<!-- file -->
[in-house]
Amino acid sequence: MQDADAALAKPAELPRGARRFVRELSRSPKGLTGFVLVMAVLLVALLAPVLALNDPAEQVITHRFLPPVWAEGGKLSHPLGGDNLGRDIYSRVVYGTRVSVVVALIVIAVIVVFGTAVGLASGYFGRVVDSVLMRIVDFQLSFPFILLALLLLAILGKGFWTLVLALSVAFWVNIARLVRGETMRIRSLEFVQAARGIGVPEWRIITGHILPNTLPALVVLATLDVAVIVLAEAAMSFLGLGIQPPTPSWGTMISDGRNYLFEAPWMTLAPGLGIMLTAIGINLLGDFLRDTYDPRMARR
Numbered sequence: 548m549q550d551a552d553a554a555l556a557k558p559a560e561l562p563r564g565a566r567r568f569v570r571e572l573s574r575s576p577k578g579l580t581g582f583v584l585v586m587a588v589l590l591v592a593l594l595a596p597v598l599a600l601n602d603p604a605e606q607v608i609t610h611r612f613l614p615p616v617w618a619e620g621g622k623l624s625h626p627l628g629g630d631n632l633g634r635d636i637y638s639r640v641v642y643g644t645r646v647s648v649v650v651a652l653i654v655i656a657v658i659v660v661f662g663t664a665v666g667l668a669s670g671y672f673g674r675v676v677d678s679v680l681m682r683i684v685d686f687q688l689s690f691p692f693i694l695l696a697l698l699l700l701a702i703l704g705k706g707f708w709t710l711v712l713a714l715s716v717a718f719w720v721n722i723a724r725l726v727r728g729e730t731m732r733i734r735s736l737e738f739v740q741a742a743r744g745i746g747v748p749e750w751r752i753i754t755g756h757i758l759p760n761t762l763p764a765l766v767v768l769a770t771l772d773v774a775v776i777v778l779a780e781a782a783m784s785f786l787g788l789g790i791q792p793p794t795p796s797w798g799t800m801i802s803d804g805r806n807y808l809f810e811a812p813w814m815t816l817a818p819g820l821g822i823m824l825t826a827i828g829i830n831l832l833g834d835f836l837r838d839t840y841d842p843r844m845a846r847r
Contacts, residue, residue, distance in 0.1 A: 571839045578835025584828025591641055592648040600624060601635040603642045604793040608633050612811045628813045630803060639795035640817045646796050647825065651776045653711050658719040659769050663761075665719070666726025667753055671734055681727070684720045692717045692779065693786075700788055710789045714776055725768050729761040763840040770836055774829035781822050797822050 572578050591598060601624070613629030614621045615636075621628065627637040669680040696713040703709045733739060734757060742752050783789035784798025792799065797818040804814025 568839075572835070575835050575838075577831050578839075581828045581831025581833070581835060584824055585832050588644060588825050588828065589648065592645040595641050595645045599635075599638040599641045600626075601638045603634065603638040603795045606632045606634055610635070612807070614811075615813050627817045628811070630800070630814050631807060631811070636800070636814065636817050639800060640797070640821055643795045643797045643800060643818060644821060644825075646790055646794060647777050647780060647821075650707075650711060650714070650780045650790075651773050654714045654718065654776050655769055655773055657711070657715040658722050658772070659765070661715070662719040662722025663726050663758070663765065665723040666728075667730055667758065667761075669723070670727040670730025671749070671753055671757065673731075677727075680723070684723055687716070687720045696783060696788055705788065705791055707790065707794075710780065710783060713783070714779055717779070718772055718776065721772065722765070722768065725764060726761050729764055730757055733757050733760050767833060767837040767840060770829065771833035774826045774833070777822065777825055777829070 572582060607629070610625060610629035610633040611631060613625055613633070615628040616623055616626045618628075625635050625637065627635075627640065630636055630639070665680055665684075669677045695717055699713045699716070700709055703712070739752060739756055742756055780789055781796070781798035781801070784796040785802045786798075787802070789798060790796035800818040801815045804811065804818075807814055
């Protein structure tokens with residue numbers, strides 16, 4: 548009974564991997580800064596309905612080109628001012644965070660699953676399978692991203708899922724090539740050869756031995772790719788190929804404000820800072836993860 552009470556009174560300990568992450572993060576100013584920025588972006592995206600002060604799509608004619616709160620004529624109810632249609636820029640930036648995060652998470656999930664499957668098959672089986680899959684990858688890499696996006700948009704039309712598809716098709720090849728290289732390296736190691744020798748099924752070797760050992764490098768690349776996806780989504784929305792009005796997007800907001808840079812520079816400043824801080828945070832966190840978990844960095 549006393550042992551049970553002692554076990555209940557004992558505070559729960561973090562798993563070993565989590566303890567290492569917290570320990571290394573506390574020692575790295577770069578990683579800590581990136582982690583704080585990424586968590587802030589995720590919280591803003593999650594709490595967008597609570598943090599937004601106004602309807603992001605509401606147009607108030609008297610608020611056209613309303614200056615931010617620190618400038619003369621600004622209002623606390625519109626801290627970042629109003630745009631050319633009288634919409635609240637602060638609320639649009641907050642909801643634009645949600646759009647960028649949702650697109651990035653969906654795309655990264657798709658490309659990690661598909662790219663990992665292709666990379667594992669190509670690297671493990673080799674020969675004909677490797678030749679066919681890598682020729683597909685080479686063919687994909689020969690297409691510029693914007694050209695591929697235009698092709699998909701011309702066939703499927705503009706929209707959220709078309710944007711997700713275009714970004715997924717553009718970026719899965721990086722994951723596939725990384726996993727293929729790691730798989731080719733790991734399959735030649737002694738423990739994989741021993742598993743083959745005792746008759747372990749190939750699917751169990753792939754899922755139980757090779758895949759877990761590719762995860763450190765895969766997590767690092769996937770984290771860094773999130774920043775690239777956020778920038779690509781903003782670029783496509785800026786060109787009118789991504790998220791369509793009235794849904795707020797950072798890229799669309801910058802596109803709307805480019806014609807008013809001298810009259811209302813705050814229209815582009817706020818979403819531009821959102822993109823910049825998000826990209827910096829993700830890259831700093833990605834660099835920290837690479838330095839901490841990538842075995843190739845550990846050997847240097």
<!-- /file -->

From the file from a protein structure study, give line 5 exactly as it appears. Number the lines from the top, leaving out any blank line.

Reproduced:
């Protein structure tokens with residue numbers, strides 16, 4: 548009974564991997580800064596309905612080109628001012644965070660699953676399978692991203708899922724090539740050869756031995772790719788190929804404000820800072836993860 552009470556009174560300990568992450572993060576100013584920025588972006592995206600002060604799509608004619616709160620004529624109810632249609636820029640930036648995060652998470656999930664499957668098959672089986680899959684990858688890499696996006700948009704039309712598809716098709720090849728290289732390296736190691744020798748099924752070797760050992764490098768690349776996806780989504784929305792009005796997007800907001808840079812520079816400043824801080828945070832966190840978990844960095 549006393550042992551049970553002692554076990555209940557004992558505070559729960561973090562798993563070993565989590566303890567290492569917290570320990571290394573506390574020692575790295577770069578990683579800590581990136582982690583704080585990424586968590587802030589995720590919280591803003593999650594709490595967008597609570598943090599937004601106004602309807603992001605509401606147009607108030609008297610608020611056209613309303614200056615931010617620190618400038619003369621600004622209002623606390625519109626801290627970042629109003630745009631050319633009288634919409635609240637602060638609320639649009641907050642909801643634009645949600646759009647960028649949702650697109651990035653969906654795309655990264657798709658490309659990690661598909662790219663990992665292709666990379667594992669190509670690297671493990673080799674020969675004909677490797678030749679066919681890598682020729683597909685080479686063919687994909689020969690297409691510029693914007694050209695591929697235009698092709699998909701011309702066939703499927705503009706929209707959220709078309710944007711997700713275009714970004715997924717553009718970026719899965721990086722994951723596939725990384726996993727293929729790691730798989731080719733790991734399959735030649737002694738423990739994989741021993742598993743083959745005792746008759747372990749190939750699917751169990753792939754899922755139980757090779758895949759877990761590719762995860763450190765895969766997590767690092769996937770984290771860094773999130774920043775690239777956020778920038779690509781903003782670029783496509785800026786060109787009118789991504790998220791369509793009235794849904795707020797950072798890229799669309801910058802596109803709307805480019806014609807008013809001298810009259811209302813705050814229209815582009817706020818979403819531009821959102822993109823910049825998000826990209827910096829993700830890259831700093833990605834660099835920290837690479838330095839901490841990538842075995843190739845550990846050997847240097």